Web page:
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Above carving from Karnak

Reading the Egyptian god Seth (Set) (draft only - work in progress) (Literature for neo-pagans, khemetics, reconstructers) Compiled by Mogg Morgan, (Companions of Seth)
(a) Theoretical/Academic (b) Practical/Theurgic (c) Fiction

A. Theoretical/Academic
The two classic, essential texts, representing two contrary views about the god are: Gwynn-Griffiths (1960) The Conflict of Set and Horus, a study in the ancient mythology from Egyptian and classical sources, Liverpool H Te Velde (1967) Seth, God of Confusion: A study of his role in Egyptian Mythology and Religion, Brill. The Te Velde is the acknowledged authority these days and his view that Seth was always “malign” is fairly ubiquitous. Even so, Gwyn-

Griffiths’ study of an earlier, more nuanced mythology, still has important academic adherents.

Other core texts are

H D Betz (1986) The Greek Magical Papyri in translation, with demotic spells, Chicago Despite the name the above is an important Egyptian collection of magical books, the practical counterpart to the Corpus Hermetica. There is much of Sethian interest and many practitioners focus on one or two of these complex rituals, recreating them in a post modern context. Robert Ritner (1993) The Mechanics of Ancient Egyptian Magical Practice, Chicago This award winning book reveals much of the working practice of Egyptian magic and in passing about the nature of Seth, who figures in many of its paradigms. Joan Lansberry (2012) Images of Seth: Changing Impressions of a multi-faceted God, Mandrake An exhaustive gazetteer of the images of Seth from the earliest times to the present, with explanations of where they are and what they mean, with useful bibliography.

B. Practical/Theurgic
Practical texts extract information from authentic ancient and original mythology in order to provide practical techniques, meditations, rituals etc that are still relevant and can be used by neo-pagans in the modern world. They often also contact theoretical insights and formulations of theology/ “Hermeneia”. Stephen Edred Flowers (2009) Hermetic Magic: a post modern papyrus of Abaris, Weiser Thoughtful and useful compilation of philosophy and liturgical material for the modern Khemetic mage. On the whole quite a neutral approach to Egyptian magic, his description of Seth is given on page 89-90. On page 14 he outlines a “postmodern” rejection of progress: “Postmodernism is … freedom from the pervasive modern idea of progress. – the idea that as time goes on, by applying increasingly rationality and scientific methodology, the problems of the world will be universally evaporated in the light of pure reason. The postmodernist realizes, as did the ancients, that such progress is only possible for individuals. Furthermore, the postmodernist is free of the constraints of modern progressivism: To the modern if it’s not new, if its not the latest thing, then it is “retrograde” or “reactionary” and hence unacceptable. Post-modernists are free to synthesise elements from all phases of human history – in any shape or form that suits their purpose.” Other “new right” authors associated with the author promulgate a similar philosophy and also reject liberalism and democracy. Kenneth Grant, Aleister Crowley and the Hidden God (Muller)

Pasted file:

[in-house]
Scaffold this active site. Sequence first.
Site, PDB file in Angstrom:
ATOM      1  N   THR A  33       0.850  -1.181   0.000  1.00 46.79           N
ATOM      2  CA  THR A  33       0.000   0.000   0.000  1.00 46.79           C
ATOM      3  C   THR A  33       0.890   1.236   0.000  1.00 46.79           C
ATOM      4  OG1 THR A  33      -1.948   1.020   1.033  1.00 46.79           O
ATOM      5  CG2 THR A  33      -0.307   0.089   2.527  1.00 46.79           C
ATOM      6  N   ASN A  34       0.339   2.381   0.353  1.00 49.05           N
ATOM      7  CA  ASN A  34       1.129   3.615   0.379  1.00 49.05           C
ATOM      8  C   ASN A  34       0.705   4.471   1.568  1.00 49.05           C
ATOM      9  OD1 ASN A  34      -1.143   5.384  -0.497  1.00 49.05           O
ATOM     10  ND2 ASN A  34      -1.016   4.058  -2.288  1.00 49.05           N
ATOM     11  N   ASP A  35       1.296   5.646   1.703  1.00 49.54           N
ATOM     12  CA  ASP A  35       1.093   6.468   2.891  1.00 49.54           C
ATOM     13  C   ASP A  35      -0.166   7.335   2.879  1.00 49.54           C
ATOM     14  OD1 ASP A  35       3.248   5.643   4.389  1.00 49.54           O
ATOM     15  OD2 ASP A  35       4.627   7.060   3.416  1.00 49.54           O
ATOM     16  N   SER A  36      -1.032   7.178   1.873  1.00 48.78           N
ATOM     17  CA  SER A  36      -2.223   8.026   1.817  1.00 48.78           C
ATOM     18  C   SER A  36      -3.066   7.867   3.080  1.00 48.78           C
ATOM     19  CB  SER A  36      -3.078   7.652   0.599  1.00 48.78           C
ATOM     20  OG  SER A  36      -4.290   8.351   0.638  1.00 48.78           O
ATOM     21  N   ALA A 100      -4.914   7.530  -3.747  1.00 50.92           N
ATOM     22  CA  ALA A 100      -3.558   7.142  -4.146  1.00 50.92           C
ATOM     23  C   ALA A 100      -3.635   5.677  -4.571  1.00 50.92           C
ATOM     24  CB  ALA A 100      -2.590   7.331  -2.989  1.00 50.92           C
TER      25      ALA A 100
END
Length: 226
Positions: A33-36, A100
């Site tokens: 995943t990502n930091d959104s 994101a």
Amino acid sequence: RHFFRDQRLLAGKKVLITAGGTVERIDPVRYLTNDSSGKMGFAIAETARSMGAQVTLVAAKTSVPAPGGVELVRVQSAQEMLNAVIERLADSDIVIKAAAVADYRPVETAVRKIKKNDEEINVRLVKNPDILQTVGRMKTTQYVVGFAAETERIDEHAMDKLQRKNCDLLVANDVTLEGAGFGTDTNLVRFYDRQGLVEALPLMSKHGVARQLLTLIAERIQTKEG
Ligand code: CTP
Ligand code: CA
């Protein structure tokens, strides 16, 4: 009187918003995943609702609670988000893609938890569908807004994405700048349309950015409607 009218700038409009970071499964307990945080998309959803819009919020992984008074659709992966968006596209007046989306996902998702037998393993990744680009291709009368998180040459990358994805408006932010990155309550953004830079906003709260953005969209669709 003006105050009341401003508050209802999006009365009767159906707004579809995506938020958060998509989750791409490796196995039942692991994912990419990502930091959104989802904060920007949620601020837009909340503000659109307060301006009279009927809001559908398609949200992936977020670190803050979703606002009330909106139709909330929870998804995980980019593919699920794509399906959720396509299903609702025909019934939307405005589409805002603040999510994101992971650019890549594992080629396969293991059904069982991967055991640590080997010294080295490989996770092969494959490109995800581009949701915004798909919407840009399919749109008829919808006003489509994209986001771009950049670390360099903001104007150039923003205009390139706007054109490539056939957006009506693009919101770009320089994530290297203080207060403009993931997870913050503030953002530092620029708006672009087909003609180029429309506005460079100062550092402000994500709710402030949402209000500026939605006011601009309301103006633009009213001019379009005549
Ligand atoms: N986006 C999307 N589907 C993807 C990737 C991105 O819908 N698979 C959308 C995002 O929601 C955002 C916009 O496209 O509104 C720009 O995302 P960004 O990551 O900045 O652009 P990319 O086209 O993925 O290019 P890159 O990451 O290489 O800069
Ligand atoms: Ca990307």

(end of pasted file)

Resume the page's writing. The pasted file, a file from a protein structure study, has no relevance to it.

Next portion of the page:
One of the first to reinterpret the magician Aleister Crowley from a more Typhonian point of view. Can be obscurantist but nevertheless has inspired many with his poetic version of a magical tradition.